NewsCovering Colorado


Colorado's tight job market trails behind national average

Posted at 12:00 PM, Sep 06, 2022
and last updated 2022-09-06 14:00:35-04

COLORADO — Job growth across the United States is cooling off this month after a large increase in July, according to the Bureau of Labor Statistics, but Colorado is trailing behind national numbers in one important way.

There are 0.4 workers available per open position in Colorado, while the national average is half a worker per opening, meaning a tighter labor market. According to the Leeds School of Business at the University of Colorado-Boulder, the state has the second highest labor participation rate in the country. So why are we seeing this labor market gap?

Economist Tatiana Bailey said there are a few reasons for this: recent economic growth creating more jobs in the state and a changing workforce.

"The young workers are at the same labor participation rate that they were pre-pandemic. It has more to do with the aging of the population. The United States has never been this old. We have never had this many baby boomers. A lot of them are getting too old and they've exited the labor force," she said.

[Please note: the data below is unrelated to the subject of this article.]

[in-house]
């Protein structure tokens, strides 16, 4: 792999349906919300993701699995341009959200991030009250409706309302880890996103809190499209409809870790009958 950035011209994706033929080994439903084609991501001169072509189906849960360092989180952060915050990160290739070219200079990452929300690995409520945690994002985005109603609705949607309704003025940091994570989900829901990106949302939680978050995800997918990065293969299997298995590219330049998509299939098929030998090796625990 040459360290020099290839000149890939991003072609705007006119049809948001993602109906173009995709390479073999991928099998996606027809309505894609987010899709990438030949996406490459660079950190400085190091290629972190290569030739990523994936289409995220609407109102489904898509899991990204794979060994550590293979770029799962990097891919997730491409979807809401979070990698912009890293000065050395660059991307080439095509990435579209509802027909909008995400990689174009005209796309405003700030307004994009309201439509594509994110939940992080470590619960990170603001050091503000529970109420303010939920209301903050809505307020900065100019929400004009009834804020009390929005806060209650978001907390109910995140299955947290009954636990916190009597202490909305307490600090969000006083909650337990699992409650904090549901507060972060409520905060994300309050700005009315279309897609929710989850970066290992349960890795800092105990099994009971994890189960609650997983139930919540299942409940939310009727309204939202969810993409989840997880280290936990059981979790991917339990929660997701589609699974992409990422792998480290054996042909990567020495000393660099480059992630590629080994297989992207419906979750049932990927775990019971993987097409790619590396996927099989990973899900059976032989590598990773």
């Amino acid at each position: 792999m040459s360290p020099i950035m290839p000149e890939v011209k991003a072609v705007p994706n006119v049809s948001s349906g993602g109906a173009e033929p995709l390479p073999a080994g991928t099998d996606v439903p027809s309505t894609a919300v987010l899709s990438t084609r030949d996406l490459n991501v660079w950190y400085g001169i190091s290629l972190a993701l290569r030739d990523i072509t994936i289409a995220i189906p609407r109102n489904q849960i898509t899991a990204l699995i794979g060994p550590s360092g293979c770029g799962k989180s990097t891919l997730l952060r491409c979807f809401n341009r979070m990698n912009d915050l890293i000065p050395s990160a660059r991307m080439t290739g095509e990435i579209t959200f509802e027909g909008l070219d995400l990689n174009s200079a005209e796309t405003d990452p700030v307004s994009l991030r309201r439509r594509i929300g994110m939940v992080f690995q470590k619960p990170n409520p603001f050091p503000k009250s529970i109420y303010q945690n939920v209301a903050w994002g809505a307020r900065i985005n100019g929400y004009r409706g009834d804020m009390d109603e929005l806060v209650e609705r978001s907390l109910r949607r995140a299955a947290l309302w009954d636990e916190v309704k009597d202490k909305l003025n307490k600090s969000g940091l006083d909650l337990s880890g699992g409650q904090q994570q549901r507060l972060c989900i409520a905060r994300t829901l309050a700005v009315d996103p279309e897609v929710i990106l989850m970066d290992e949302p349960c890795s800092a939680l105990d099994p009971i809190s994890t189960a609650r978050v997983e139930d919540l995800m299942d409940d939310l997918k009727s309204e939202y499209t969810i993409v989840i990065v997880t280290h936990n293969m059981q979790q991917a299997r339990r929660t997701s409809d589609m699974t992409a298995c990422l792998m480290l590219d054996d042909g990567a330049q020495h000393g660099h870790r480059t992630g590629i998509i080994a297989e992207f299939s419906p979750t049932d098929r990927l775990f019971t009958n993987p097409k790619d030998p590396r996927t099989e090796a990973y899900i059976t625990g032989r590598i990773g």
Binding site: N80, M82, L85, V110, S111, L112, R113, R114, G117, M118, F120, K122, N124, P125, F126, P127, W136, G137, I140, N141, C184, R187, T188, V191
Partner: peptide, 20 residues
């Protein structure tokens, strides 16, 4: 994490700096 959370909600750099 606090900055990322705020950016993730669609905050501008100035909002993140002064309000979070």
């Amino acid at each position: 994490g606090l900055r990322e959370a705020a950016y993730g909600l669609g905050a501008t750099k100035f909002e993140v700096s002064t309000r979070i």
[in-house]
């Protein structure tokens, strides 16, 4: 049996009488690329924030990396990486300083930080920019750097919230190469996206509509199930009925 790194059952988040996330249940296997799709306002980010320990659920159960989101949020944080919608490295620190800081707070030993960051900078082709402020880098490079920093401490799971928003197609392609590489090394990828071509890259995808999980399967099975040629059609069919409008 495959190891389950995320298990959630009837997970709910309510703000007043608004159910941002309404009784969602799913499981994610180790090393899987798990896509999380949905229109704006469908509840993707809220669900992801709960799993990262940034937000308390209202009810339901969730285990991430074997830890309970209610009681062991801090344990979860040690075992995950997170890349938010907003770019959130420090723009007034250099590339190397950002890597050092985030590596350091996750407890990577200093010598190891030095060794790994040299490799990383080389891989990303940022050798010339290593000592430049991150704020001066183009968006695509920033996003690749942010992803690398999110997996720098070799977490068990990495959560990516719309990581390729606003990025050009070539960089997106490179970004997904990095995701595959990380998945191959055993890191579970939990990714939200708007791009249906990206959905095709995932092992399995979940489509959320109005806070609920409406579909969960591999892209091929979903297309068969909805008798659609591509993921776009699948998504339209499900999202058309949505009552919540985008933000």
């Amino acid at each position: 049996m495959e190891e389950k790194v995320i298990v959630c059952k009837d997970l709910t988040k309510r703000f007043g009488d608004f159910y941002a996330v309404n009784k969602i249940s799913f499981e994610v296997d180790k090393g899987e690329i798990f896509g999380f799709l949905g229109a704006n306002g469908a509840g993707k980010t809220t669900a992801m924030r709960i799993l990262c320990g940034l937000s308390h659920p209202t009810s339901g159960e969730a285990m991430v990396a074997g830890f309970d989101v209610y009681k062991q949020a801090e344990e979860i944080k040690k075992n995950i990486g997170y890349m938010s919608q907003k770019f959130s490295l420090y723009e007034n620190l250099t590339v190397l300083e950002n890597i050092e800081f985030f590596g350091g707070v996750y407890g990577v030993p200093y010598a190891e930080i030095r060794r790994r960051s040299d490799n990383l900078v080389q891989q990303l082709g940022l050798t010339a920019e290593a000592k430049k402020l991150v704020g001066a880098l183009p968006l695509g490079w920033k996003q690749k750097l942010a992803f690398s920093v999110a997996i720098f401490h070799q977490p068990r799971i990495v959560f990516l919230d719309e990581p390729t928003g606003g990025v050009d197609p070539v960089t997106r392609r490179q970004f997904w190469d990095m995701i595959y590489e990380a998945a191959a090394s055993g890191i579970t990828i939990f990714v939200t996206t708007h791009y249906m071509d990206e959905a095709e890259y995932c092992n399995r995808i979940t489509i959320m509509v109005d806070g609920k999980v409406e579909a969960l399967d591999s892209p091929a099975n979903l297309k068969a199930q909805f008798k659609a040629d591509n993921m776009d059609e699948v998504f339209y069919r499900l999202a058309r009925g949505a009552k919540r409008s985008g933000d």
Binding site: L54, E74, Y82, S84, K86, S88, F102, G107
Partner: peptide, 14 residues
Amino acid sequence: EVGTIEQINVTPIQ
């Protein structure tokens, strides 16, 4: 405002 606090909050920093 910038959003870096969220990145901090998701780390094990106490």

The top industries that need more workers right now are healthcare, especially after the pandemic, and the IT field. Bailey said these are chronic shortages and more industries are cutting back education requirements to try and fill those hiring gaps.

"The thing that's really striking to me is how many jobs we have that don't require four-year degrees anymore," she said. "There are boot camps for those with guaranteed sometimes six-figure salaries that graduates can get. Some really smart kids who know about this are doing this right out of high school, and, you know, walking into really, you know, good high paying jobs with benefits very early in their lives, you know, by the time they're 20."

So, what does this mean for you?

Bailey says now is a good time for workers with a surplus of jobs at their fingertips.

"It's a really good time for kids or people who want to reenter the workforce, because the chances of them being able to get their foot in the door is greater, and you have a lot of employers who are willing to do more on the job training or give you some type of tuition reimbursement," she said.

As for the health of Colorado's economy, Bailey said the state should ultimately have a ratio of around 1.3 workers per job opening, rather than the ratio of 0.4 workers to each job we are experiencing right now.

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